Pondering a 2012 disappearance from your family Christmas or weary of the holiday season hard-sell? Why not head to San Francisco in December for a gay ol’ time and some secular seasonal fun.
Yuletide entertainment in the Bay Area ranges from a Jewish comedy dinner show in a Chinese restaurant to drag queens performing episodes of The Golden Girls.
The rooster has balls
The only place you’ll find Yiddish proverbs in your fortune cookies, the 20th annual Kung Pao Kosher Comedy (KPKC) show answers the age-old question: “What are Jews supposed to do on Christmas?” And it’s held in a Chinese restaurant, of course.
There are eight shows over four days (Dec 22–Dec 25) at the New Asia Restaurant in San Francisco’s Chinatown. Each day features an early dinner show and a later cocktail show. Seating is tables of 10, Chinese banquet-style. The dinner show features a seven-course meal (“kosher comedy, not kosher food”); it’s veggie egg rolls at the cocktail show.
Entertainers scheduled this year include headliner Judy Gold (The View, Comedy Central, Emmy Award-winning actress and writer) share the bill with Scott Blakeman (political comedian, talk show host, and nice Jewish boy from Brooklyn); Fort Lauderdale condo-circuit maven), Mike Capozzola (San Francisco comic and cartoonist) and Lisa Geduldig (San Francisco standup comic, Kung Pao creator, producer, host).
“Gays coming to our fair city will be happy to know that two of the comedians are lesbian this year — I always am, and the headliner, Judy Gold, certainly is, and she’s a riot,” says Geduldig, who stresses that you don’t have to be Jewish to enjoy the show.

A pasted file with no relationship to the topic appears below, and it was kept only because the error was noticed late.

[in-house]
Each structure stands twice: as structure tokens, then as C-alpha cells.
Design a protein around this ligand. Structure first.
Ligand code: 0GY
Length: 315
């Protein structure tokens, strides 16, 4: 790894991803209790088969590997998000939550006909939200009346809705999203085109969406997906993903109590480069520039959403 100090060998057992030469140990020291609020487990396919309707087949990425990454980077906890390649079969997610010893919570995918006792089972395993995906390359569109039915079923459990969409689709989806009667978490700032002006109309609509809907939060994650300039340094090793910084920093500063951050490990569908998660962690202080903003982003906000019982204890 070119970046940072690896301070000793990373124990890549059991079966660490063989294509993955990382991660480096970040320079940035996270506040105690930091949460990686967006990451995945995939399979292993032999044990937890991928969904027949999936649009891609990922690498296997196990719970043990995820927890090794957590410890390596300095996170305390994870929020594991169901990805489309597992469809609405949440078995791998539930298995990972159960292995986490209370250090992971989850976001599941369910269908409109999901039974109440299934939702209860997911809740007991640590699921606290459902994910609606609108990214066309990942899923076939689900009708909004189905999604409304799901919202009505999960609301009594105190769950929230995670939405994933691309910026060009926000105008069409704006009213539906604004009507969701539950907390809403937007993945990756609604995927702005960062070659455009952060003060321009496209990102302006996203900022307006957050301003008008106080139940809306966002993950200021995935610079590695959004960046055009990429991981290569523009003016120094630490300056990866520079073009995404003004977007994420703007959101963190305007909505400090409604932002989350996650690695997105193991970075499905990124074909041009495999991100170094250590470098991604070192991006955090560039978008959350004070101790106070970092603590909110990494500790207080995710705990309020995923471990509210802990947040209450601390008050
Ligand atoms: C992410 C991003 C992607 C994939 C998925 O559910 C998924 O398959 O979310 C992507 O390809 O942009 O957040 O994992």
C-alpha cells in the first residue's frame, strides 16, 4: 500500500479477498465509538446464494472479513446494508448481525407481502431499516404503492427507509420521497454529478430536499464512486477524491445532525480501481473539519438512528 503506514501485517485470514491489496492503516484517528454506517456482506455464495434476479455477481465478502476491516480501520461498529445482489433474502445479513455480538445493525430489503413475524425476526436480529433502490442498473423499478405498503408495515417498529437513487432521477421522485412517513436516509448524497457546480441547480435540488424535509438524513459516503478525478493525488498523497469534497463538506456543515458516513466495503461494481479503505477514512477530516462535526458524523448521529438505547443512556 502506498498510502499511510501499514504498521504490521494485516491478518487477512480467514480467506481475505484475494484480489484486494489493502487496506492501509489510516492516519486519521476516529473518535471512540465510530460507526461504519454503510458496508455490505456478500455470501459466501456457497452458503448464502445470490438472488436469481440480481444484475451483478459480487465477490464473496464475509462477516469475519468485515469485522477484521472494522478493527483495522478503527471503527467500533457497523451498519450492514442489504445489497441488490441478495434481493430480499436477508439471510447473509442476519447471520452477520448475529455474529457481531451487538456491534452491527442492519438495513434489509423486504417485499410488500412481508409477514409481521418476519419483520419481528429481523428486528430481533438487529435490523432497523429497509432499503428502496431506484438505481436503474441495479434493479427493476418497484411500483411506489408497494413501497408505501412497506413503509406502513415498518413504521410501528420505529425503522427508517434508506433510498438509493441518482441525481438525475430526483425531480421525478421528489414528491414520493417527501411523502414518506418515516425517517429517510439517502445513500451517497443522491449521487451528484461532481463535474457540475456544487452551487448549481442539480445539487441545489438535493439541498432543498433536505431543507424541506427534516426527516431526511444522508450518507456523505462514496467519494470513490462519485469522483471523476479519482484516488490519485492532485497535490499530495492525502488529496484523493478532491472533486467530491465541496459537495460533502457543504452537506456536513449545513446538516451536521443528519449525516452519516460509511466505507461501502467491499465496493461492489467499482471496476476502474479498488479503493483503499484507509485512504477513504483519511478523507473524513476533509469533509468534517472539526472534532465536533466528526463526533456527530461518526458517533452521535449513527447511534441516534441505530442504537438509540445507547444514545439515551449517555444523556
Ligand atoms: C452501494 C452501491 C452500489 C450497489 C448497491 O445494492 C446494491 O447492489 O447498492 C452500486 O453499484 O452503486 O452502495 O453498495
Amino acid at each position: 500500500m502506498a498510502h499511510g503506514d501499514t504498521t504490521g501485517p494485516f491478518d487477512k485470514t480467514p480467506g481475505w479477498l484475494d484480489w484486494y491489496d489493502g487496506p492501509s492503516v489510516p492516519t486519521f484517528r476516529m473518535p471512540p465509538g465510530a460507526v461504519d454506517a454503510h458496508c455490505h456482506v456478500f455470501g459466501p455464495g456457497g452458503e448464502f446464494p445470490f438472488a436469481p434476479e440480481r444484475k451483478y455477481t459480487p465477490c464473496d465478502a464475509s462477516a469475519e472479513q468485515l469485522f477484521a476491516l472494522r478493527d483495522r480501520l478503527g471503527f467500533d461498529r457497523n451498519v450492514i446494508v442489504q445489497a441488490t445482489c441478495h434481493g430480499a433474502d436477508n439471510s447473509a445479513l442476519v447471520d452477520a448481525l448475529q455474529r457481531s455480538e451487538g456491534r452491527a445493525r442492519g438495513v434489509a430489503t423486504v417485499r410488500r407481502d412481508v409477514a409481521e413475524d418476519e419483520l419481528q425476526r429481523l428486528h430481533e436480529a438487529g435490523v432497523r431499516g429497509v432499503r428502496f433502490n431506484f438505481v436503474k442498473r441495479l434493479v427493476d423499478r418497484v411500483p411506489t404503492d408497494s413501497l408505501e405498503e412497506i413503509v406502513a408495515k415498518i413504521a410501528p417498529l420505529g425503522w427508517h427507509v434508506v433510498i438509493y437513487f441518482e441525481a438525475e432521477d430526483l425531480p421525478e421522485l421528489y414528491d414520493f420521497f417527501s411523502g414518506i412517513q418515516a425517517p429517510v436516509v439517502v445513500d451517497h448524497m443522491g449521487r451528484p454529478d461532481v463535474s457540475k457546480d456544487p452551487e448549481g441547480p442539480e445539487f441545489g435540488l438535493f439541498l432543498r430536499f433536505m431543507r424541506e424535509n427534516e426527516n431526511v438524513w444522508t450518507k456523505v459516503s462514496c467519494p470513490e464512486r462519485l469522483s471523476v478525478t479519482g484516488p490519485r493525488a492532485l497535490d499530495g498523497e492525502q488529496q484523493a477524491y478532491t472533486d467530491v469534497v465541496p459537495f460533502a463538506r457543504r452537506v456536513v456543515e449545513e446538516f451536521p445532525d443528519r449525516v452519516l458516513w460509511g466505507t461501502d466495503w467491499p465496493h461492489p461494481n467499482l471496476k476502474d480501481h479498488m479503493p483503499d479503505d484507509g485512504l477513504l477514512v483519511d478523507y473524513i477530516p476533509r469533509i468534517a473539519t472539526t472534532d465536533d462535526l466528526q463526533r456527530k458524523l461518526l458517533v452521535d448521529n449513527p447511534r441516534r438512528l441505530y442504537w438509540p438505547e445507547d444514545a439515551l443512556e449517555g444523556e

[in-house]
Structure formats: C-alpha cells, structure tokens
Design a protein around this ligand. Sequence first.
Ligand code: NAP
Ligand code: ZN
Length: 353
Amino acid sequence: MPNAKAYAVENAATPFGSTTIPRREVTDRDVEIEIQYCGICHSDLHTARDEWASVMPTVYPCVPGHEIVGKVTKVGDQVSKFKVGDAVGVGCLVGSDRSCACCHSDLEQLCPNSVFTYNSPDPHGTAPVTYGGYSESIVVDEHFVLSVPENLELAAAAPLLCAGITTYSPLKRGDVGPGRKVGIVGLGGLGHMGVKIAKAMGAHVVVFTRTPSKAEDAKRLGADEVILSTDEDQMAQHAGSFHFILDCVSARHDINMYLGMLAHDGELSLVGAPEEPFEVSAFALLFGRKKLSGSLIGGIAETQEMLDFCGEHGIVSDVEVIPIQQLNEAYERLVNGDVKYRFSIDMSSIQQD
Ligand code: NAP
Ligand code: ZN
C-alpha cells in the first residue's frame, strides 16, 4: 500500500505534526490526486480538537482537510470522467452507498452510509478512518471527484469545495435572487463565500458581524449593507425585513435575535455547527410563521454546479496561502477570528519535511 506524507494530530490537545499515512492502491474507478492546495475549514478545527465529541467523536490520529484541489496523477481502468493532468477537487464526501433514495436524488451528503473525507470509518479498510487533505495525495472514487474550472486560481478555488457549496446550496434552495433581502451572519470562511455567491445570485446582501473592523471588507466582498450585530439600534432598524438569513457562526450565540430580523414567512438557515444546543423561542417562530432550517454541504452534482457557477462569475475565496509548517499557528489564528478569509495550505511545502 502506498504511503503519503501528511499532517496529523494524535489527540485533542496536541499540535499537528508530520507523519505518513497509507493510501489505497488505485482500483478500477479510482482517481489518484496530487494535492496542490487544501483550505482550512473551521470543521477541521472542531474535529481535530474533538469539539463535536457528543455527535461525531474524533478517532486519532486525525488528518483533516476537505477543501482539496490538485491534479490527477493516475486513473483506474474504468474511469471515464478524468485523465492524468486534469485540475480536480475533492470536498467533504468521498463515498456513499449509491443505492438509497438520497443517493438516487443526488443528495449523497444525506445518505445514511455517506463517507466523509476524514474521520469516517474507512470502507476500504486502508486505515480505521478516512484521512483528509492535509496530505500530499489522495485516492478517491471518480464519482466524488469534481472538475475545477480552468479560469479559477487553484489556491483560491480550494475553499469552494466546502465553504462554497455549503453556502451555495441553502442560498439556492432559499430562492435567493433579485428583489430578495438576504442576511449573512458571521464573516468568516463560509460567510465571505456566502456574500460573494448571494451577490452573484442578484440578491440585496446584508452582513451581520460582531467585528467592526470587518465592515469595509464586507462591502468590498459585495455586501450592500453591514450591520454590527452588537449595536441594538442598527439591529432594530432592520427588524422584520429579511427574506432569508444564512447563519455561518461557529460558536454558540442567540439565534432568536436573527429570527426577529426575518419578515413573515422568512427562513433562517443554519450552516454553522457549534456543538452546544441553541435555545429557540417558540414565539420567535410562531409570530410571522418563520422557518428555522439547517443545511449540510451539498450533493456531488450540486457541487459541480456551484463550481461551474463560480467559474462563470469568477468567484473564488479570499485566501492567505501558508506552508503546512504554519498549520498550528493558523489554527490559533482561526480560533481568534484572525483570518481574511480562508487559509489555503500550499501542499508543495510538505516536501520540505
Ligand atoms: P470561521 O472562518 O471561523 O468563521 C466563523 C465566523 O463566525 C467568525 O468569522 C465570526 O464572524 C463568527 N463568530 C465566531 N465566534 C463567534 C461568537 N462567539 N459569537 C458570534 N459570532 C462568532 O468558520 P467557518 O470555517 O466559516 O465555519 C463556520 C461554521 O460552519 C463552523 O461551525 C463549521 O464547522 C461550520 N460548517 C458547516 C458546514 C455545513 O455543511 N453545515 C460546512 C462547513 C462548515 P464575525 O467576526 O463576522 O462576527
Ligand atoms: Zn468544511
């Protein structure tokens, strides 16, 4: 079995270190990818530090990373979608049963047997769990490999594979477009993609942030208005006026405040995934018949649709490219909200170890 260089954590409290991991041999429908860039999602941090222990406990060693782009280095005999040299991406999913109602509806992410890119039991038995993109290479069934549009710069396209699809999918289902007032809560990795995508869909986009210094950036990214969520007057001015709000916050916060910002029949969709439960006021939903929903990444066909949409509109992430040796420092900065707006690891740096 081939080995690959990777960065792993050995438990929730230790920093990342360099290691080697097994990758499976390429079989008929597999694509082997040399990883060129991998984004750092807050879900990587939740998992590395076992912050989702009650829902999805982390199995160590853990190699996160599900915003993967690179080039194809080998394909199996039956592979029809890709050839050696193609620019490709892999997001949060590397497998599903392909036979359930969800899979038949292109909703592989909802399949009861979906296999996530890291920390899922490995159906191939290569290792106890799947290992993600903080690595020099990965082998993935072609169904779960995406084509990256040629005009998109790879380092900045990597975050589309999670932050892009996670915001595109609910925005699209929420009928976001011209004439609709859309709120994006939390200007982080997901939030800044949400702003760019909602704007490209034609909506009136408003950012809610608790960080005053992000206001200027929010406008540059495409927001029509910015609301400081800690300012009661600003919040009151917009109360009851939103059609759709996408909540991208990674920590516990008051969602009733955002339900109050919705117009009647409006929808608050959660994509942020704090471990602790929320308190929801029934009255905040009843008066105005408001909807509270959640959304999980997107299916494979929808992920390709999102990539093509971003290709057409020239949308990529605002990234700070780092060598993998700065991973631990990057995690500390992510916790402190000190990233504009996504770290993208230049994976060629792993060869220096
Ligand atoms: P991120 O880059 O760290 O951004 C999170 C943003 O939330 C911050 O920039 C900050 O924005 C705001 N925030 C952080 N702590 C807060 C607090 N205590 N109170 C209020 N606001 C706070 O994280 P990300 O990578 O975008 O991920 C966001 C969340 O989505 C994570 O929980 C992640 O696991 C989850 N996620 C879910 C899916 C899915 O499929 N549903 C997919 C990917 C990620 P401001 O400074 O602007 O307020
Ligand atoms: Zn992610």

“It’s the bar mitzvah you never had,” Geduldig says. “All ages are welcome — except for screaming babies, please and thank you.”
Geduldig, a former New Yorker, invented Kung Pao Kosher Comedy in 1993 quite by accident when she traveled from the west coast to South Hadley, Massachusetts, to perform. Arriving at the Peking Garden Club she soon discovered it was actually a Chinese restaurant — not a comedy club. Inspired by the ironic experience of telling Jewish jokes at a Chinese restaurant, KPKC was born. Since then it’s grown into an annual San Francisco institution that entertains more than 2,000 comedy aficionados while providing an annual reprieve from Christmas mania.
Over the past 20 years, KPKC has entertained more than 40,000 people, and its audience has expanded to include Chinese-Jewish couples, interfaith couples, singles, families, gays, straights, those far from home and Europeans who find out about the show from the internet (and fly to San Francisco). One of KPKC’s claims to fame is that Henny Youngman (1906–1998) performed his last shows there in 1997.
Other KPKC stories include a couple already together for 20 years that was married after the show by a rabbi they just met at their table and the rare sight of a rooster brought to the show as a service animal.
In keeping with the Jewish tradition of tzedakah (charity, in Hebrew, tied in with a sense of duty and social responsibility), Kung Pao donates part of its proceeds each year and has raised tens of thousands of dollars and awareness for various organizations and causes.